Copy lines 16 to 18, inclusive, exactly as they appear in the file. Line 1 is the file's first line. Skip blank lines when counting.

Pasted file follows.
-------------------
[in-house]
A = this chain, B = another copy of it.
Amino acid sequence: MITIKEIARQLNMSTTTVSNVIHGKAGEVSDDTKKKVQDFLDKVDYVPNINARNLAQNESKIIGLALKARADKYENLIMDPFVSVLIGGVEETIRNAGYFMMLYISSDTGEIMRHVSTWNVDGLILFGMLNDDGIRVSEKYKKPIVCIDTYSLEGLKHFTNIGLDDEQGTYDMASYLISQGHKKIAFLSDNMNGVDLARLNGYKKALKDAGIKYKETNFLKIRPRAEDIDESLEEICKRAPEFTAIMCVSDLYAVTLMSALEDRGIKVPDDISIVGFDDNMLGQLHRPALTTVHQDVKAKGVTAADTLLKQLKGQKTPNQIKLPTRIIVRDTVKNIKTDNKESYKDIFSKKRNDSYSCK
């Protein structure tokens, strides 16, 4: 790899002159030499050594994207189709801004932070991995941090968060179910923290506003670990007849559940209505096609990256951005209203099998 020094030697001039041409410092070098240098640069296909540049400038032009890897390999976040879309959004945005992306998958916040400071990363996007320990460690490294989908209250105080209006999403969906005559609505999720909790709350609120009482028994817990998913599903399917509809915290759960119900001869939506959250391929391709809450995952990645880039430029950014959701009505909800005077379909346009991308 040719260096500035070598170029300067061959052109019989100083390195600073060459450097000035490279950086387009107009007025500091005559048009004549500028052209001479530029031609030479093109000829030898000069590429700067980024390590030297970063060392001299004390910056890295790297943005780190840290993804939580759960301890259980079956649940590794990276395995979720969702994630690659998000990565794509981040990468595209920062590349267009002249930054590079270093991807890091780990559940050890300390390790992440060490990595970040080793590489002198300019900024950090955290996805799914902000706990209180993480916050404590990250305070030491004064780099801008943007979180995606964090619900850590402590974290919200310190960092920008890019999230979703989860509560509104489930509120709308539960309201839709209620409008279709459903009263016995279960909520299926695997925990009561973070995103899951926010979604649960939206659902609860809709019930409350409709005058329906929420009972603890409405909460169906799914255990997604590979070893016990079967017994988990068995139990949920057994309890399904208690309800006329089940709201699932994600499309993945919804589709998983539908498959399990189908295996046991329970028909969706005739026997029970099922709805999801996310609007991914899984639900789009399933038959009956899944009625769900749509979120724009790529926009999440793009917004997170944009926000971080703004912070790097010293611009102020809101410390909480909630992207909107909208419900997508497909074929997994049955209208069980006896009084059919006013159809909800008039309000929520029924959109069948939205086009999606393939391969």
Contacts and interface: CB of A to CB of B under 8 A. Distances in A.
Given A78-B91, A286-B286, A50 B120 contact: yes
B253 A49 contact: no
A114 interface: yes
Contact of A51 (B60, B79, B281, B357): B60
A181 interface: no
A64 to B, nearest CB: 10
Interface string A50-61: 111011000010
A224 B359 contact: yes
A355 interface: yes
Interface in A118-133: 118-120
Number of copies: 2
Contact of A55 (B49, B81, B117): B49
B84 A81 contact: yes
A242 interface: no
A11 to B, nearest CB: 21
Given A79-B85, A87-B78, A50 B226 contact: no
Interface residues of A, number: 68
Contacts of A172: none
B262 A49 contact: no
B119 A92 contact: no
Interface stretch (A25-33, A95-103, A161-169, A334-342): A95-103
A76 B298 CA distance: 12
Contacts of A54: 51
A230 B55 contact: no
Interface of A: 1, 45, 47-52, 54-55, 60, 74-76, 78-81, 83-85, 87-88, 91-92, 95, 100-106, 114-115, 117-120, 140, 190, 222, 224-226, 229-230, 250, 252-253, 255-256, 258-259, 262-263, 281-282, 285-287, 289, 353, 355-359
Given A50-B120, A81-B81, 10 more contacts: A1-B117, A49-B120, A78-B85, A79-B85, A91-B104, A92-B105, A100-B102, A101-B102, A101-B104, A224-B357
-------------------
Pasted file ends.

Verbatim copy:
Number of copies: 2
Contact of A55 (B49, B81, B117): B49
B84 A81 contact: yes